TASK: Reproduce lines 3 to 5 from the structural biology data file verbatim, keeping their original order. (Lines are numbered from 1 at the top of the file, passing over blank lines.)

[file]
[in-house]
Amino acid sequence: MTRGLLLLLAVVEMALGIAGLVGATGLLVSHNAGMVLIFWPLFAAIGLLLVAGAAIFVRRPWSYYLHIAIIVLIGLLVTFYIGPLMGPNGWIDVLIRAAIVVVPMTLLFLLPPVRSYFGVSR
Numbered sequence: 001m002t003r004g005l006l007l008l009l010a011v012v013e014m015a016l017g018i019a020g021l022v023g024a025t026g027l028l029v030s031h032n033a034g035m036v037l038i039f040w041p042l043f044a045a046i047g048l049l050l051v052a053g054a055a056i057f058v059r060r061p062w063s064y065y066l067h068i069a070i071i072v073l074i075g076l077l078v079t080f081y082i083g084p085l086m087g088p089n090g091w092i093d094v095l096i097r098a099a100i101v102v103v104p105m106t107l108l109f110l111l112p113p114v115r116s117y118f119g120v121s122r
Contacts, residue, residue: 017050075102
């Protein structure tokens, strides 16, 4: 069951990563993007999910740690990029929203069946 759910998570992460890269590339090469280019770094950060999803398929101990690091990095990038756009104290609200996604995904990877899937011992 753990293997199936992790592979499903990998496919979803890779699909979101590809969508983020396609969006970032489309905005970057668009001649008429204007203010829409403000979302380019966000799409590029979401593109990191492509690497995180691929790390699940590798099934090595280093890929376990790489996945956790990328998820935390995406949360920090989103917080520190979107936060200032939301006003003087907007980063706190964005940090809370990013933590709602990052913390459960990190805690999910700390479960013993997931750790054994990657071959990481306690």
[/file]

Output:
Numbered sequence: 001m002t003r004g005l006l007l008l009l010a011v012v013e014m015a016l017g018i019a020g021l022v023g024a025t026g027l028l029v030s031h032n033a034g035m036v037l038i039f040w041p042l043f044a045a046i047g048l049l050l051v052a053g054a055a056i057f058v059r060r061p062w063s064y065y066l067h068i069a070i071i072v073l074i075g076l077l078v079t080f081y082i083g084p085l086m087g088p089n090g091w092i093d094v095l096i097r098a099a100i101v102v103v104p105m106t107l108l109f110l111l112p113p114v115r116s117y118f119g120v121s122r
Contacts, residue, residue: 017050075102
């Protein structure tokens, strides 16, 4: 069951990563993007999910740690990029929203069946 759910998570992460890269590339090469280019770094950060999803398929101990690091990095990038756009104290609200996604995904990877899937011992 753990293997199936992790592979499903990998496919979803890779699909979101590809969508983020396609969006970032489309905005970057668009001649008429204007203010829409403000979302380019966000799409590029979401593109990191492509690497995180691929790390699940590798099934090595280093890929376990790489996945956790990328998820935390995406949360920090989103917080520190979107936060200032939301006003003087907007980063706190964005940090809370990013933590709602990052913390459960990190805690999910700390479960013993997931750790054994990657071959990481306690």